Though few people expect to be in a leadership role at the age of 22, Steve Springer was thrust into that situation years ago, as a member of the Marine Corps.
That experience stuck with him.
After approximately 20 years in the industry, Springer now spends roughly three days per week working in the body shop. While his son, Nick Springer, now runs the majority of the day-to-day operations, Steve maintains a role overseeing the Fix Auto franchise culture.
“My job is to keep everyone working the culture, working the mission,” Springer says.
Springer credits his ability to lead to his time spent in the military.
“They take you right out of college at the age of 22,” he notes, “and you just get a ton of responsibility at a really young age, which you rarely see in the civilian world.”
Springer entered the collision repair industry when he tried his hand at co-owning a collision repair shop with his brother, who had previous restoration experience. However, barely three years later, Springer bought his brother out.
Springer first opened his own body shop in San Jose. Today, his family runs three Fix Auto locations that combine to generate $6.6 million in annual revenue.
As told to Melissa Steinken
I rely on my experts because I know I don’t have the expertise. My job’s to understand how the whole business works and then put people in the proper position to succeed. I believe that no one person can possibly have all the knowledge of every department.
I can go in and let the team know what’s not acceptable in terms of a finish and appearance, etcetera. I’m a reasonable quality-control guy, but I never go into any department in the shop and just tell the team what to do. At the end of the day, though, I rely on my experts, the people who are repairing the cars and the competent employees.
My quality-control skills are not better than anyone else’s. I just have to convince my guys that there is a right and a wrong when it comes to repairs. We used to have an issue in the shop a few years ago in which the team was focused solely on sales. I had to quickly put a stop to that process and explain that there is pre-accident, industry standard and then there’s not industry standard.
I focus on SOPs because I do think they are good in measuring right and wrong. I think, a lot of times in business, workers are worried about getting in trouble and not following a procedure correctly. I always tell my team that there is no “getting in trouble.” We’re adults here. We do steps right or we “err” and we correct those errors.
I use self-deprecation and humility to gain the trust of my staff. I tell my team a story that showcases this. The story goes: I once put a fender liner on a newly, freshly painted car and I had a half dozen screws in front of me and a battery-powered screw gun. I started zipping these screws to tie the fender liner back where it belongs and I wasn’t paying attention. It wasn’t my wheelhouse. I took the wrong length of screw and went right through the brand new painted fender.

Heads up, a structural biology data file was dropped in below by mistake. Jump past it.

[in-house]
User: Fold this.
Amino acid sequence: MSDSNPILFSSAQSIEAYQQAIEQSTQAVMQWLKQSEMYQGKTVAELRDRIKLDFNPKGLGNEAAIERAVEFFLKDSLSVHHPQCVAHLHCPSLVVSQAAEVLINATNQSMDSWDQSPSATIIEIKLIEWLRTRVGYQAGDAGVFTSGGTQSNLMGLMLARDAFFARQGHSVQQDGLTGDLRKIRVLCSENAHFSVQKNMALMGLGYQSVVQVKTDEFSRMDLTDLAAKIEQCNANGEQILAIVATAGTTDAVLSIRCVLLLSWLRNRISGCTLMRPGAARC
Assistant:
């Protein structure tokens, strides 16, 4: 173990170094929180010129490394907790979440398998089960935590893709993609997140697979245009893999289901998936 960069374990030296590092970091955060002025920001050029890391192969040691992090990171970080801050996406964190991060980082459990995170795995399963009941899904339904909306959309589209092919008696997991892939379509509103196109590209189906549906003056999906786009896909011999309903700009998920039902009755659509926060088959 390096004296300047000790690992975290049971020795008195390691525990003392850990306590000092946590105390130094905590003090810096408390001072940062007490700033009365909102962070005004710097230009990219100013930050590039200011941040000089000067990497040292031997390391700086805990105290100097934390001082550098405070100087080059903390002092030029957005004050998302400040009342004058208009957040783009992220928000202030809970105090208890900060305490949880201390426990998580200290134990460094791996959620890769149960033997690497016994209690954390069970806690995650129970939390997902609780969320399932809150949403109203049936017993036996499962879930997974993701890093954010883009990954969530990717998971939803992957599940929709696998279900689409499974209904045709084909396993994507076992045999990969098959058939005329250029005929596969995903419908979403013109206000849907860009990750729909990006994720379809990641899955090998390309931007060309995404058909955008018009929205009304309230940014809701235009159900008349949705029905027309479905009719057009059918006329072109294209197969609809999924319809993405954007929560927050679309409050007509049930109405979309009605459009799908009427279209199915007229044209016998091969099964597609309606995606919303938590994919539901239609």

I’ve told that story enough that my employees who have been with me over 20 years now—there’s three of them—will tell the story and occasionally make fun of me saying “Hey, you don’t want that guy on the shop floor. There’s an appropriate place for Steve and it’s not here.”
I don’t meet my new employees until a month after they start. I delegate that to the local manager who’s doing the hiring. After folks have settled into a new organization and they’re going to be keepers, then I’ll introduce myself.
It’s really about the store manager and what’s expected of him. They do their own hiring and firing on site. We hire slow and fire fast around here. We mostly just hire as we grow.
One of the most beneficial tools I use as a leader and look at religiously, is Fix Auto’s dashboard. It’s kind of a self-management tool. It’s a web-based tool which extrapilates information from the estimating system and is essentially a leader’s bird’s-eye view in a single page to tell if you’re on track. It helps us figure out if we’re short each month or ahead of schedule. Before I franchised in 2011, I had to manually create these types of management reports. You need to be able to track KPIs throughout the month.
I also like to use the CCC One mobile app to help keep me abreast of vehicles coming into the shop even when I’m offsite.
We do bi-monthly meetings with all the stores. We meet over lunch, two times each month. We interact via web cameras. I run it and all the managers are involved.
I ask the managers about what’s going well and where they need help. We keep the meetings to about 15 minutes maximum because it helps to keep everyone focused and on track.
For most of my career I’ve worked in the front office. I’ve always been a white-collar guy. It’s similar to when I was in the military. I sit mostly in an office, which is like a cockpit, and don’t get my hands dirty. I think it’s a fun job, but I think the important players in the shop are the ones on the floor turning wrenches.
I try to encourage engagement in the industry. I encouraged my sons to work in the business once they were college-educated, 25 years old and had worked for someone else for at least two years. Today, Nick is the only one still working in the business. I send him to workshops and have him meet as many other Fix Auto owners as possible so he can learn the business from a wide range of perspectives.
Nick has been working in the business since 2015 and right now he manages employees, staffing for all three locations, training, payroll and production. We’re on target for my retirement and passing of the baton for 2024.
SHOP STATS: Fix Auto Location:3 locations: San Jose, Calif., Sunnyvale, Gilroy Operator: Steve Springer Average Monthly Car Count:185 (combined) Staff Size: 30 Shop Size:36,000 square feet for all 3 locations combined Annual Revenue: $6.6. million